William Weedon said...

Father Beane,

Amen and amen. Valid, but irregular.

William Weedon said...

AND as Chris Brown is wont to ask: How long is this emergency supposed to last???

Christopher said...

It is worth noting that the Charter of the Eparchy of the Sacred Greek Orthodox Archdiocese of America under the Ecumenical Patriarchate specifically define the chorepiscopoi as "Suffragan Bishops".

The following excerpt from "Canonical sources of the Epicospoi and Corepiscopoi" by Fr. George Thomas Kochuvilayil of the Syro-Malankara Church, which has maintained the office of Chorepiscopos gives the following background. It is interesting to note that in ancient times the Chorepiscopi seemed to be ordained as 'lesser' bishops by one or three others, while in the more modern canons that the Syro-Malankara church follows they are deemed to be presbyters blessed to act as bishops to some degree. (The same 'blessing' can be seen in Orthodoxy today when a layman is 'blessed' to serve as either a Psalti (chanter), Reader or Sub-Deacon without tonsure. This is especially seen with the office of Sub-Deacon in that, in the Russian tradition, one may not marry after the tonsure).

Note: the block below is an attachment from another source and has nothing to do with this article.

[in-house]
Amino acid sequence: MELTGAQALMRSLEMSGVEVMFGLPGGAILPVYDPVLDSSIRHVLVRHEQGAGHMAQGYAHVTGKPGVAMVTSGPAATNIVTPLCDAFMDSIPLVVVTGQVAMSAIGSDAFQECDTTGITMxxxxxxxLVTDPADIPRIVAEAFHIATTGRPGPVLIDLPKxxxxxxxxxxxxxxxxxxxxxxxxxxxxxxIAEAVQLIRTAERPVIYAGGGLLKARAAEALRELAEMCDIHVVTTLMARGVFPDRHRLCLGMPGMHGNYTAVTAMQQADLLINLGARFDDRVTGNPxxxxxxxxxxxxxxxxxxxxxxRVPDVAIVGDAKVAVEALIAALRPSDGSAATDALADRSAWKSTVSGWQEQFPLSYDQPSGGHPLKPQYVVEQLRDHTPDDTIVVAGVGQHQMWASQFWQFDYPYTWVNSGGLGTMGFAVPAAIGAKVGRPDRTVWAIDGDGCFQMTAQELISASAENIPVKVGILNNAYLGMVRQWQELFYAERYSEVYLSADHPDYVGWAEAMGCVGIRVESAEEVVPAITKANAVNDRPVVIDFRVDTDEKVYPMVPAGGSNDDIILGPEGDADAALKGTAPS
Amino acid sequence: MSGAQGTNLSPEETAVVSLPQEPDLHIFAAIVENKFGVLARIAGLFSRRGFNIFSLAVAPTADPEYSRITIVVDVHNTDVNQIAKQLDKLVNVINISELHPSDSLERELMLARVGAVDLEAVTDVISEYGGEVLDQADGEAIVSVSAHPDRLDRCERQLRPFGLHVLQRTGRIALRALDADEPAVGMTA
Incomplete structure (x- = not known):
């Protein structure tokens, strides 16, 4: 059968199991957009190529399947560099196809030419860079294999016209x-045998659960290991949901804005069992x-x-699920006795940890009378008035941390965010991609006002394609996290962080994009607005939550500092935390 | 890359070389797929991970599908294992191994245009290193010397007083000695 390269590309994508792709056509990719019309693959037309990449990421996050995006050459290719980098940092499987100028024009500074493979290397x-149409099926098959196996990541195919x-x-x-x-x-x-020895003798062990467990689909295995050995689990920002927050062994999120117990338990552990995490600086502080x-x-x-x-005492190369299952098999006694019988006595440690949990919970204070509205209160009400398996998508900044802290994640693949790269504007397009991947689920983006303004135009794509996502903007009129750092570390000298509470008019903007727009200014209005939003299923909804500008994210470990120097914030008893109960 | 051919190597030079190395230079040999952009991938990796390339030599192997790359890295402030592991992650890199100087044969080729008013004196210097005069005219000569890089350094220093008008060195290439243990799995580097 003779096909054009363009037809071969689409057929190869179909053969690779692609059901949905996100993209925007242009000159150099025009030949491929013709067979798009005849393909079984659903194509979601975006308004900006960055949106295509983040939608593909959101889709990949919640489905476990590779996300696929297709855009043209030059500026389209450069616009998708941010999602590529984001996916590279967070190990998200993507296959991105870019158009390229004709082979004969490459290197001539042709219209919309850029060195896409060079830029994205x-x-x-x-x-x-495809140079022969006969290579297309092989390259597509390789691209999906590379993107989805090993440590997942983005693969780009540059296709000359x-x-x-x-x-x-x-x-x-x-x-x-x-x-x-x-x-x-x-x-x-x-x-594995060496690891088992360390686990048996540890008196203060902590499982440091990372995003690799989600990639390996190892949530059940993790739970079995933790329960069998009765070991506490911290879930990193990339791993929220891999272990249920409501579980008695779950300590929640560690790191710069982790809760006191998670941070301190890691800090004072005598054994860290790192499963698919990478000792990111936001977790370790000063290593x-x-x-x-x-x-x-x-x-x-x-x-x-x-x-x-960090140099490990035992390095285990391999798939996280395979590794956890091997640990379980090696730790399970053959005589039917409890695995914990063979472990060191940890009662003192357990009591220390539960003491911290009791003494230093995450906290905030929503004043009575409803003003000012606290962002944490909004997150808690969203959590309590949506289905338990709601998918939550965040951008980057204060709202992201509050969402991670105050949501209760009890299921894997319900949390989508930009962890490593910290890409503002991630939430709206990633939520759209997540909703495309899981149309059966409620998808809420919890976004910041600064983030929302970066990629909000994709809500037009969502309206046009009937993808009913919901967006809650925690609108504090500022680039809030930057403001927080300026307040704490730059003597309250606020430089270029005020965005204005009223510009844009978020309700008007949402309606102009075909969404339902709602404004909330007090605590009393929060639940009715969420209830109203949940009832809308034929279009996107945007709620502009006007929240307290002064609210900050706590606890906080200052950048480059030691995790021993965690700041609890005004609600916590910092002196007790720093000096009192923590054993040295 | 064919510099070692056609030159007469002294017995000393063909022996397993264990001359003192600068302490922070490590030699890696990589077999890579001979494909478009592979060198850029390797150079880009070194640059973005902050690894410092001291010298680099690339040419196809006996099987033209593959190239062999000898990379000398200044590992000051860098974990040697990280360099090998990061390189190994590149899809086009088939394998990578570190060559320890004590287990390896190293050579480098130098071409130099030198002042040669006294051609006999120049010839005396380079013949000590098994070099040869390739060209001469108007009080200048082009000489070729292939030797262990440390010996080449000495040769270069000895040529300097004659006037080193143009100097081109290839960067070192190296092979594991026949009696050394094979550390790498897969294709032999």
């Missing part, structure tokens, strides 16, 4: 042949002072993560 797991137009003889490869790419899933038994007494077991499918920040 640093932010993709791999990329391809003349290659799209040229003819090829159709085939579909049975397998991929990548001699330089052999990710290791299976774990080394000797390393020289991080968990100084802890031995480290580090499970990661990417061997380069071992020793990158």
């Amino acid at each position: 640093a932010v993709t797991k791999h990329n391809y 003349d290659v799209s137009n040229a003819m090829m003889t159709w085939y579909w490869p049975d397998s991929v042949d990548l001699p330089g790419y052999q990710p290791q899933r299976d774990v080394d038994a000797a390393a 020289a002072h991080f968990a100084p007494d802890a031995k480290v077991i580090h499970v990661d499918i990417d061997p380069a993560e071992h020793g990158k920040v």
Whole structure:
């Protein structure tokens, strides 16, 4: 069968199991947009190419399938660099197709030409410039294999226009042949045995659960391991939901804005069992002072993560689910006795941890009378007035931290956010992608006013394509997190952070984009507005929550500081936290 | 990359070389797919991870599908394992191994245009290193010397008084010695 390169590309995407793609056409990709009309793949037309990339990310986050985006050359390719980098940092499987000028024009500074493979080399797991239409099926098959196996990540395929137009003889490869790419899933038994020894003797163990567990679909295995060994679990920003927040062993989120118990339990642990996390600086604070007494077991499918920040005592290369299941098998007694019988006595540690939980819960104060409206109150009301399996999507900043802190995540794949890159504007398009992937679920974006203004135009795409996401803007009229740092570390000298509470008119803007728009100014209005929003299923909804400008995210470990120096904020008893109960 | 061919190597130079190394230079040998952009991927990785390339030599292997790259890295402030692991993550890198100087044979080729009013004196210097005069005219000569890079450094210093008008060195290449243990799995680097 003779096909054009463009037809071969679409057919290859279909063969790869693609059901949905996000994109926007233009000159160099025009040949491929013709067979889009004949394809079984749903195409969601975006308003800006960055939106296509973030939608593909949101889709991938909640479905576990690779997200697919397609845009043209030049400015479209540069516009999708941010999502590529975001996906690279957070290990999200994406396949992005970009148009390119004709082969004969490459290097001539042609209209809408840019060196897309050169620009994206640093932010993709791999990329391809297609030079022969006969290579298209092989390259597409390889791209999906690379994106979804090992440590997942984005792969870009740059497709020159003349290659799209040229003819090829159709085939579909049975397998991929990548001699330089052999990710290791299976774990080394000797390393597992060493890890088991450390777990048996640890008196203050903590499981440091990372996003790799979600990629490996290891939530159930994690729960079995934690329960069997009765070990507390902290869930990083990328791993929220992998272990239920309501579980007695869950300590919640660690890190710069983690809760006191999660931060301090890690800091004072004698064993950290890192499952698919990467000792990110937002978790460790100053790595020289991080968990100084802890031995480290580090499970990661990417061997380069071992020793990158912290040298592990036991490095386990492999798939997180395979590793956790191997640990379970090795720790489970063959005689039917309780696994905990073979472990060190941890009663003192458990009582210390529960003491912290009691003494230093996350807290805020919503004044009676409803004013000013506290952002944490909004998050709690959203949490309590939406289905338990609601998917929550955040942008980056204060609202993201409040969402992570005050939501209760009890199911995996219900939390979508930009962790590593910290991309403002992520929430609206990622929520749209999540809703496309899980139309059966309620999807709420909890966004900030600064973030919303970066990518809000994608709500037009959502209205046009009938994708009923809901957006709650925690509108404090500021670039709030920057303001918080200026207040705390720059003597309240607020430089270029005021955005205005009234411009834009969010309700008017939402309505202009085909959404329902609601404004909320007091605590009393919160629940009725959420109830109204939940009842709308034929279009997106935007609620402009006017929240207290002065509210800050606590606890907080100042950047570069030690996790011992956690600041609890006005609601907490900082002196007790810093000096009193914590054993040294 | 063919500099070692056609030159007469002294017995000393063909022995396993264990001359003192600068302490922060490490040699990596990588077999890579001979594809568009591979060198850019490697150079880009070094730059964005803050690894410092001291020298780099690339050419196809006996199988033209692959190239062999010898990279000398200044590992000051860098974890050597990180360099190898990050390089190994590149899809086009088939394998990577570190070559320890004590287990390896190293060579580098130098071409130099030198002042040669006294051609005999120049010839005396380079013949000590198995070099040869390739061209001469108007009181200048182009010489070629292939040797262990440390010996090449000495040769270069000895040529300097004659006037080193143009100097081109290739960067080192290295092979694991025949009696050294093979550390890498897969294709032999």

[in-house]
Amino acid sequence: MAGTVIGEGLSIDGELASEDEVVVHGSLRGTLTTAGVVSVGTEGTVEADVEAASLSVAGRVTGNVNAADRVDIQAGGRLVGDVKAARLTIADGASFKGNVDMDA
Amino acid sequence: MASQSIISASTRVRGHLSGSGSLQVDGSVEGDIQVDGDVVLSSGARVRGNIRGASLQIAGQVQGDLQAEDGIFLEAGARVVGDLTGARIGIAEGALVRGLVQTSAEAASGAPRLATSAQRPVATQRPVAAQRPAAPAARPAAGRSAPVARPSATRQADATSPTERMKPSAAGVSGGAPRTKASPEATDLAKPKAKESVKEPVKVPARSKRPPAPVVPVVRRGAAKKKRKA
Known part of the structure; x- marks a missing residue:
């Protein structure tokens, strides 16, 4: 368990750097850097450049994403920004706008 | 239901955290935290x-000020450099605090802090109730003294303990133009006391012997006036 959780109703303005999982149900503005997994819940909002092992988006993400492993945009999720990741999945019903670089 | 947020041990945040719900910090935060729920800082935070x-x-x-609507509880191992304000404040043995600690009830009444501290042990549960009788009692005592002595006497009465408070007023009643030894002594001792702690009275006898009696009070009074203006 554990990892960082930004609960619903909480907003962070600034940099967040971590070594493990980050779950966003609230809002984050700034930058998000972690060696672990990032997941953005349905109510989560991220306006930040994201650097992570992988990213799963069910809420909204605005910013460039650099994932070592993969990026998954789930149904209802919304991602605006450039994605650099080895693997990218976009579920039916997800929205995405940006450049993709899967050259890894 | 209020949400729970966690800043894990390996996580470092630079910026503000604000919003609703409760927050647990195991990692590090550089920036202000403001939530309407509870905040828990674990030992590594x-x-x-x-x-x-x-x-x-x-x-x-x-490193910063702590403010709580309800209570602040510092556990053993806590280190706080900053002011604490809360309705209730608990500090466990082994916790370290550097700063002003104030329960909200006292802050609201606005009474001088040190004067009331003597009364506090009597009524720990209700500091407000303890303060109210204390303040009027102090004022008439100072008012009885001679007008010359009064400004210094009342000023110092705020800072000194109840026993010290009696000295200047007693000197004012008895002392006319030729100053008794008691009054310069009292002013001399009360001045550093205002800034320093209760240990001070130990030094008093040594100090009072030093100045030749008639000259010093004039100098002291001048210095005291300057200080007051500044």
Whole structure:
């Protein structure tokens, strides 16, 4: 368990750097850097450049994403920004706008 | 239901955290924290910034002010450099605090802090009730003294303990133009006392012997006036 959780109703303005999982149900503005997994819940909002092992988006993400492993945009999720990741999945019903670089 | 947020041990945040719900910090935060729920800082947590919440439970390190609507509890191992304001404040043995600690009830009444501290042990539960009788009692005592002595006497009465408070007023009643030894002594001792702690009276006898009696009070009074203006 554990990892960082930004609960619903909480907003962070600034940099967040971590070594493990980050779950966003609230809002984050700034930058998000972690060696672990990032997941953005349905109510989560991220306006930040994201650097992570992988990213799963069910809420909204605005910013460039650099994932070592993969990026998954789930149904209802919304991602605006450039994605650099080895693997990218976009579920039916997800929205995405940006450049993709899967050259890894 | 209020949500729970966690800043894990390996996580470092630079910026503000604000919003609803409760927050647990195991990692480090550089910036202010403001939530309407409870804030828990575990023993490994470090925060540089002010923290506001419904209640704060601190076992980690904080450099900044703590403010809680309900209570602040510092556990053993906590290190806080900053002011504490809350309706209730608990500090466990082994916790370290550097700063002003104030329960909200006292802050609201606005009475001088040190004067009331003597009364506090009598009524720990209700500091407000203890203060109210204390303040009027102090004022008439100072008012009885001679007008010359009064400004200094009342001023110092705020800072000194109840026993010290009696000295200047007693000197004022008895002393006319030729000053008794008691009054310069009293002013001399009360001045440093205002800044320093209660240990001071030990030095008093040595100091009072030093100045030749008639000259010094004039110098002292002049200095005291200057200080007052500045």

2. The Institution of Chorepiscopi

The Church of Antioch was an Urban Church at the beginning. Christianization of the rural area extended quite naturally the influence of the church of the city and its responsibility. The communities in the rural areas depended in everything on the church of the city. There were priests in the rural areas for preserving spiritual and sacramental life. They were considered to be secondary and they remain dependent on the bishop for all matters. That is why there arises the necessity to create further ministries, in addition to the three-graded ordo of priesthood: Bishop, presbyters, deacons. The ecumenical councils as well as some Local synods give us information on the chorepiscopoi.

2.1 Terminological Implications

The name in syriacised form korepisqupo means the bishop of the countryside, i.e., a bishop charged with the supervision of the religious communities in the country, outside the Episcopal town.[19] The first reference to a chorepiscopos mentions Zotikos of Comana in Phrygia. The most ancient sources referring to chorepiscopoi, touch the provinces of Pontus, Galatia, Cappodocia, Cilicia, Isauria and Bithynia.